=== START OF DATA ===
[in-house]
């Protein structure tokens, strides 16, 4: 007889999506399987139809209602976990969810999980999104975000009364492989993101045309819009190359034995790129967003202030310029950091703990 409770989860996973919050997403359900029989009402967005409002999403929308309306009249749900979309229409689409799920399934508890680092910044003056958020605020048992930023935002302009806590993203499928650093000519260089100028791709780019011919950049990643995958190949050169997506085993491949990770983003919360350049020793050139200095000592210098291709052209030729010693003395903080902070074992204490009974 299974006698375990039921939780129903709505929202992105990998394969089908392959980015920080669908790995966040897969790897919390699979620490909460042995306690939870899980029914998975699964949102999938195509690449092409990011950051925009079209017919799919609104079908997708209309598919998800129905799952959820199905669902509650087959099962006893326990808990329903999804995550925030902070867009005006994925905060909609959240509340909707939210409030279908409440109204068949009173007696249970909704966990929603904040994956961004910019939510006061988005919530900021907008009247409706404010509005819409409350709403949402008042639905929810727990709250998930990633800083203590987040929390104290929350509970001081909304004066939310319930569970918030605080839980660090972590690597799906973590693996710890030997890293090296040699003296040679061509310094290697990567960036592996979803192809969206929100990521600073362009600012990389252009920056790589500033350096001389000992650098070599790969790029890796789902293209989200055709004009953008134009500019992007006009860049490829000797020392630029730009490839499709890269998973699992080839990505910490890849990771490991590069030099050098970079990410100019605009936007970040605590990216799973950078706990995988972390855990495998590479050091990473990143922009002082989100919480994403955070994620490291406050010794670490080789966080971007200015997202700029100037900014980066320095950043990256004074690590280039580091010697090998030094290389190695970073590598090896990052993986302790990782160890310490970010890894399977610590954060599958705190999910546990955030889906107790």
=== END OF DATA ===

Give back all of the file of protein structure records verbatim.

[in-house]
């Protein structure tokens, strides 16, 4: 007889999506399987139809209602976990969810999980999104975000009364492989993101045309819009190359034995790129967003202030310029950091703990 409770989860996973919050997403359900029989009402967005409002999403929308309306009249749900979309229409689409799920399934508890680092910044003056958020605020048992930023935002302009806590993203499928650093000519260089100028791709780019011919950049990643995958190949050169997506085993491949990770983003919360350049020793050139200095000592210098291709052209030729010693003395903080902070074992204490009974 299974006698375990039921939780129903709505929202992105990998394969089908392959980015920080669908790995966040897969790897919390699979620490909460042995306690939870899980029914998975699964949102999938195509690449092409990011950051925009079209017919799919609104079908997708209309598919998800129905799952959820199905669902509650087959099962006893326990808990329903999804995550925030902070867009005006994925905060909609959240509340909707939210409030279908409440109204068949009173007696249970909704966990929603904040994956961004910019939510006061988005919530900021907008009247409706404010509005819409409350709403949402008042639905929810727990709250998930990633800083203590987040929390104290929350509970001081909304004066939310319930569970918030605080839980660090972590690597799906973590693996710890030997890293090296040699003296040679061509310094290697990567960036592996979803192809969206929100990521600073362009600012990389252009920056790589500033350096001389000992650098070599790969790029890796789902293209989200055709004009953008134009500019992007006009860049490829000797020392630029730009490839499709890269998973699992080839990505910490890849990771490991590069030099050098970079990410100019605009936007970040605590990216799973950078706990995988972390855990495998590479050091990473990143922009002082989100919480994403955070994620490291406050010794670490080789966080971007200015997202700029100037900014980066320095950043990256004074690590280039580091010697090998030094290389190695970073590598090896990052993986302790990782160890310490970010890894399977610590954060599958705190999910546990955030889906107790």